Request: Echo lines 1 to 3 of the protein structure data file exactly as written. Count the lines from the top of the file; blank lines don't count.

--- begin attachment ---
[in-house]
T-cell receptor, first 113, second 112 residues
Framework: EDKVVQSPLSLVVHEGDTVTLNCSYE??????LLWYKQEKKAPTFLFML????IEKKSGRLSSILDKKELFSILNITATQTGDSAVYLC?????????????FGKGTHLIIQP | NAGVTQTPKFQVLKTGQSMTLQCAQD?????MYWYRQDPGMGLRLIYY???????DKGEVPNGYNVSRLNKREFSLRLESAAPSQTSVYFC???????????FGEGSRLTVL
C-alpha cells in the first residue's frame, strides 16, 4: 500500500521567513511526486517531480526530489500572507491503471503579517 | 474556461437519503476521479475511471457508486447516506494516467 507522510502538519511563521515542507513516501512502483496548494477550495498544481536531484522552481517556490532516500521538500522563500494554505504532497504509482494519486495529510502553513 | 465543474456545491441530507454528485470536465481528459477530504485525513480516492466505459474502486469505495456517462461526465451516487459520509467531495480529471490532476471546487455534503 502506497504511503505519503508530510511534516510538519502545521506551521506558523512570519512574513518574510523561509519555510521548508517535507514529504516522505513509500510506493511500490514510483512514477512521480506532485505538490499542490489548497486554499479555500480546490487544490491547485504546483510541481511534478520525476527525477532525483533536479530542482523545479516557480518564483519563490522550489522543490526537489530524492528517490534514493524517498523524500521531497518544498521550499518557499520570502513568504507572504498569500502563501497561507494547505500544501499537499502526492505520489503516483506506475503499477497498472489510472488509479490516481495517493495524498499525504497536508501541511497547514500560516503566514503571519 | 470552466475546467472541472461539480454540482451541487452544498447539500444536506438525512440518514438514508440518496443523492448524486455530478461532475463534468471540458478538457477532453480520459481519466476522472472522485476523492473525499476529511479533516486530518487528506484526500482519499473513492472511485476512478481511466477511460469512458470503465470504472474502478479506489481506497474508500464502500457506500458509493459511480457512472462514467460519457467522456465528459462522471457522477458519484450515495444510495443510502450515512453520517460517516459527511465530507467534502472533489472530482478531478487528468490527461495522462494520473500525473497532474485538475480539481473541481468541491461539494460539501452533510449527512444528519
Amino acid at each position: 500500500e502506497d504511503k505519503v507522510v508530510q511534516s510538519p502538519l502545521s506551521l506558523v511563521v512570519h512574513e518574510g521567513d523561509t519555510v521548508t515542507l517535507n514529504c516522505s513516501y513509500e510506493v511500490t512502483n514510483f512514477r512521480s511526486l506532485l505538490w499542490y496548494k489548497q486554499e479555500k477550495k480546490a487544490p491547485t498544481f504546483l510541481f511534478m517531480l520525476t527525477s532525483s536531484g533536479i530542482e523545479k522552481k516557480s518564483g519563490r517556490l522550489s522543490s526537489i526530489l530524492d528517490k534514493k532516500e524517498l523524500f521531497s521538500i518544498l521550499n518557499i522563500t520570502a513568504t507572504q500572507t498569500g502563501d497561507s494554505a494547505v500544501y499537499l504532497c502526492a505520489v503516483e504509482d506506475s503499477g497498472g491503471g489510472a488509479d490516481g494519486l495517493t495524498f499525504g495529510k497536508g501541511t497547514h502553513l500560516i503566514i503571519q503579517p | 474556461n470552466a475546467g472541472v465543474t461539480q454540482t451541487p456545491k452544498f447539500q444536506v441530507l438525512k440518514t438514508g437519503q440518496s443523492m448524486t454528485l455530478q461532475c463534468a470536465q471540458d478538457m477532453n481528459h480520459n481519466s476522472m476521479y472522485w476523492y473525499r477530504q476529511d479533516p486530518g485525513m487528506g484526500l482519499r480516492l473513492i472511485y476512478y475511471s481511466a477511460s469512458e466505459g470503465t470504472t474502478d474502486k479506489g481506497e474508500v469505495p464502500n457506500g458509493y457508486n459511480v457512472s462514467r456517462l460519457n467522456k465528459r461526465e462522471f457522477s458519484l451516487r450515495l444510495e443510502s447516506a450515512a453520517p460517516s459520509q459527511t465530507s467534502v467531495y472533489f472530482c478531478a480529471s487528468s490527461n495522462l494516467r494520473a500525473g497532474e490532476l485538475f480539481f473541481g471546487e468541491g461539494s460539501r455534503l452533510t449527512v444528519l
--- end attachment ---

[in-house]
T-cell receptor, first 113, second 112 residues
Framework: EDKVVQSPLSLVVHEGDTVTLNCSYE??????LLWYKQEKKAPTFLFML????IEKKSGRLSSILDKKELFSILNITATQTGDSAVYLC?????????????FGKGTHLIIQP | NAGVTQTPKFQVLKTGQSMTLQCAQD?????MYWYRQDPGMGLRLIYY???????DKGEVPNGYNVSRLNKREFSLRLESAAPSQTSVYFC???????????FGEGSRLTVL